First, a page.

In 2021 the Park Abbey fathers celebrate the 900th anniversary of their order: the Norbertines. The highlight of the planned celebrations is a major international exhibition about the life and work of the order.
Norbert was born in around 1080 in Gennep, a town that is nowadays in the Netherlands, near to the German border. As the second son of the Count of Gennep, Norbert was destined for a fine career in the service of the Holy Roman Empire. But fate decided otherwise.
One day, when he was out riding, a flash of lighting made his horse rear. Norbert was thrown to the ground. It was a moment of great impact, in every sense. On regaining consciousness, Norbert vowed to live a simple life of poverty. He renounced his wealth and privilege and became a poor itinerant preacher. Gradually, the thought of founding his own religious order grew in him. Norbert requested and received papal permission to do this and on Christmas Night, 1121, in Prémontré, northern France, Norbert and his followers founded the first Premonstratensian abbey: the Norbertine Order had been born.
Throughout the twelfth century, the Norbertine Order expanded considerably, especially in the Low Countries. Several other abbeys were founded, among them, in 1129, our own Park Abbey. Park Abbey flourished and grew to become an important religious, economic and cultural force in the wider area. During its own almost 900 years of existence, it has had a rich and eventful history.
Divine light(ning). 900 years of the Norbertines examines the order’s many interactions with society and the resulting Norbertine impact. Outstanding masterpieces and hidden gems from Norbertine abbeys still active in Belgium and the Netherlands will be on display. But you will also see pieces that formerly belonged to the order: a Rubens sketch; the Park Abbey Bible from 1148; a beautiful book of maps from Averbode Abbey; the Tsgrooten Antiphonary choir book from 1522; and an enclosed garden that was constructed with great care and devotion by a Norbertine canoness.Venue: Abdij van Park 7, 3001 Leuven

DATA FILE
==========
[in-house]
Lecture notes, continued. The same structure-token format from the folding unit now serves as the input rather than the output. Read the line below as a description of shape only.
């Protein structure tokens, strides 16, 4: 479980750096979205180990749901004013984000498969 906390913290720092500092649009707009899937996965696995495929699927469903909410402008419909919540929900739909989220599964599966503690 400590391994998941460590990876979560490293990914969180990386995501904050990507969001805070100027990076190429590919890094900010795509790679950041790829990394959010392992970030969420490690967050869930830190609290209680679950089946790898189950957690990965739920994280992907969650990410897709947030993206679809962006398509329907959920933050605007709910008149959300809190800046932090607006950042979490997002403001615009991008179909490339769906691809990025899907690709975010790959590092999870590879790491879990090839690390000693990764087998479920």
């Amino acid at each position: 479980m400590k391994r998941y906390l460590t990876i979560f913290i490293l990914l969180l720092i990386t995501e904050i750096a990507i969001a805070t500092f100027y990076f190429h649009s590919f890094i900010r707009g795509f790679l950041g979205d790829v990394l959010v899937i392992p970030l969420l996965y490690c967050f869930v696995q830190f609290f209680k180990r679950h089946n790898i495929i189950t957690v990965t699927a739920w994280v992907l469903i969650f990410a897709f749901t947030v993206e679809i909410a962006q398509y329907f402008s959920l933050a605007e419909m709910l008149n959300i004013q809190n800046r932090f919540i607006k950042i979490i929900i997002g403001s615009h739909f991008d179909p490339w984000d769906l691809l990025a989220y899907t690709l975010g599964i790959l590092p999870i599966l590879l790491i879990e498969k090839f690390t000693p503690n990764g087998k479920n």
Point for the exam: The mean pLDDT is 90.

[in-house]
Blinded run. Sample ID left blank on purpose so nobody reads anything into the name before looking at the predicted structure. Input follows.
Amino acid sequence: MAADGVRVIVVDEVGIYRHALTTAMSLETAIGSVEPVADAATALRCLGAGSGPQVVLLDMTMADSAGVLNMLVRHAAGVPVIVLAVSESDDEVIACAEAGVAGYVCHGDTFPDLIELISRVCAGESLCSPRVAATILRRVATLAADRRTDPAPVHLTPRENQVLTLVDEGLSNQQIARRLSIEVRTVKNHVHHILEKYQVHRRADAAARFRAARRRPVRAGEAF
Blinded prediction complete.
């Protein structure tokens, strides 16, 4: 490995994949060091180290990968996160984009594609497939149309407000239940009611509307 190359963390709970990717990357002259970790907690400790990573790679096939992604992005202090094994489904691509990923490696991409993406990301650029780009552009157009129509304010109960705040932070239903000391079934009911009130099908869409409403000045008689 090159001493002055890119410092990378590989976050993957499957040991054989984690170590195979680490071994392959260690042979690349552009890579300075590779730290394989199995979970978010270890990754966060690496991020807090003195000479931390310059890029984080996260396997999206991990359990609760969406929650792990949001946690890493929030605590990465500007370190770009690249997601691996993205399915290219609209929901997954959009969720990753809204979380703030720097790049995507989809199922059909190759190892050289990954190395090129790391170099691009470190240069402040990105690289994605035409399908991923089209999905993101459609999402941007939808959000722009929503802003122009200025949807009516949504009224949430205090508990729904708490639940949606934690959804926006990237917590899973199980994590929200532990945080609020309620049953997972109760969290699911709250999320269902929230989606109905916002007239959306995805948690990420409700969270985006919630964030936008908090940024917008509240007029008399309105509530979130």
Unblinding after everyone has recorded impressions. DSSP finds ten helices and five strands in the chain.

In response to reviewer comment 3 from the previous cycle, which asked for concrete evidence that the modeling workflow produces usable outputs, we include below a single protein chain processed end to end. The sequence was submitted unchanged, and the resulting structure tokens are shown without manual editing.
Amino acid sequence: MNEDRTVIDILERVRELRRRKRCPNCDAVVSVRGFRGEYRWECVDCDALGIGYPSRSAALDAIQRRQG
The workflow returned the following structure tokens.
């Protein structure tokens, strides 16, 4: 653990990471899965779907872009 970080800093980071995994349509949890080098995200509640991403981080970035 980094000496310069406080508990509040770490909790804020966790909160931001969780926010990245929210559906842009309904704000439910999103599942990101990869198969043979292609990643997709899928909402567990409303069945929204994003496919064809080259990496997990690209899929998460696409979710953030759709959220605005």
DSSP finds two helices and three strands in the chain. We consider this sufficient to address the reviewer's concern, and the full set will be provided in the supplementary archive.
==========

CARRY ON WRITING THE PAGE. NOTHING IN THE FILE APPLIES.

Telephone: +32 16 40 01 51
E-mail: email@example.comTime schedule: 10.00 - 17.30. Monday closed.Entry fee: EUR 12.00URL: https://www.parcum.be/en/museum/divine-lightning
Explore the fifteenth century in our region through the images, stories and characters from the Library of the Dukes of Burgundy.
Six centuries ago, Brussels belonged to the rich and powerful Dukes of Burgundy. Skilled politicians and cultured patrons, they established a stirring treasure, a unique and fascinating collection of manuscripts: the Library of the Dukes of Burgundy.
These masterpieces, which have survived the ravages of time and of history, have been looked after for you by KBR. The national library of Belgium opened its vaults to share the highlights of this fantastic collection via its new museum: a unique place that offers you the opportunity to share in Europe’s medieval cultural past, and admire beautiful illuminated manuscripts. The sixteenth-century Chapel of Nassau and the various rooms that surround it form the backdrop to the museum.Venue: Mont des Arts 28, 1000 Brussels
Telephone: +32 2 519 53 11
E-mail: firstname.lastname@example.orgTime schedule: Monday - Friday 10.00-16.00Entry fee: EUR 11.00URL: https://www.kbr.be/en/museum/
Organisation: Dept of Digital Humanities - King's College London
The series of 15 digital collages explores overseas sites of the former French penal colonies – known collectively as the bagne – and uses digital photography and collage to offer new ‘ways of seeing’ these rich and varied places.
This work comes out of postdoctoral research carried out as part of ‘Postcards from the bagne: tourism in the shadow of France’s overseas penal history’ (@postcards_bagne), a research project led by Dr Sophie Fuggle (@fuggbug) and funded by the UK’s Arts and Humanities Research Council.URL: https://bit.ly/3eGV53f